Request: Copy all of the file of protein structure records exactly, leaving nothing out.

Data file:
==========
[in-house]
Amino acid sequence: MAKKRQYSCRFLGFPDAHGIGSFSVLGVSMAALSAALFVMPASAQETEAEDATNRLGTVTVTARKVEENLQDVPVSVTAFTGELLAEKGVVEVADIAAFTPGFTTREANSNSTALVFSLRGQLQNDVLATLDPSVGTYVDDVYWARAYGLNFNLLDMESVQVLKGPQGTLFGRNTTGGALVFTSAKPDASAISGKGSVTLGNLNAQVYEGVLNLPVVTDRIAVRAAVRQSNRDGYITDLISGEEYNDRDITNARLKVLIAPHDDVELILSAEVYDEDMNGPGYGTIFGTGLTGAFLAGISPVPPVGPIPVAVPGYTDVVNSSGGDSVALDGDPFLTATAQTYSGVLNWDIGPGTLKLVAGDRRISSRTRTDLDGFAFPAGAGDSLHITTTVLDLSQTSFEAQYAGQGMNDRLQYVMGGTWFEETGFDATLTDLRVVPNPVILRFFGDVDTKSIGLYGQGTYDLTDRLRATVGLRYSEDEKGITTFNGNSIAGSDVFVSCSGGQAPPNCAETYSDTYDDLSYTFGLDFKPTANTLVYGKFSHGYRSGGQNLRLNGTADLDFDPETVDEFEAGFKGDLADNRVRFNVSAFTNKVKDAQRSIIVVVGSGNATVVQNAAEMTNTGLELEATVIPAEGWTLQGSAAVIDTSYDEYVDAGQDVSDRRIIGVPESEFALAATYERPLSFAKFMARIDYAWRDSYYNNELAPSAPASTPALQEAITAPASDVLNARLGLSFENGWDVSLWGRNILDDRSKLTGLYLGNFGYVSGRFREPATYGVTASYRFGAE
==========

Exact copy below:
[in-house]
Amino acid sequence: MAKKRQYSCRFLGFPDAHGIGSFSVLGVSMAALSAALFVMPASAQETEAEDATNRLGTVTVTARKVEENLQDVPVSVTAFTGELLAEKGVVEVADIAAFTPGFTTREANSNSTALVFSLRGQLQNDVLATLDPSVGTYVDDVYWARAYGLNFNLLDMESVQVLKGPQGTLFGRNTTGGALVFTSAKPDASAISGKGSVTLGNLNAQVYEGVLNLPVVTDRIAVRAAVRQSNRDGYITDLISGEEYNDRDITNARLKVLIAPHDDVELILSAEVYDEDMNGPGYGTIFGTGLTGAFLAGISPVPPVGPIPVAVPGYTDVVNSSGGDSVALDGDPFLTATAQTYSGVLNWDIGPGTLKLVAGDRRISSRTRTDLDGFAFPAGAGDSLHITTTVLDLSQTSFEAQYAGQGMNDRLQYVMGGTWFEETGFDATLTDLRVVPNPVILRFFGDVDTKSIGLYGQGTYDLTDRLRATVGLRYSEDEKGITTFNGNSIAGSDVFVSCSGGQAPPNCAETYSDTYDDLSYTFGLDFKPTANTLVYGKFSHGYRSGGQNLRLNGTADLDFDPETVDEFEAGFKGDLADNRVRFNVSAFTNKVKDAQRSIIVVVGSGNATVVQNAAEMTNTGLELEATVIPAEGWTLQGSAAVIDTSYDEYVDAGQDVSDRRIIGVPESEFALAATYERPLSFAKFMARIDYAWRDSYYNNELAPSAPASTPALQEAITAPASDVLNARLGLSFENGWDVSLWGRNILDDRSKLTGLYLGNFGYVSGRFREPATYGVTASYRFGAE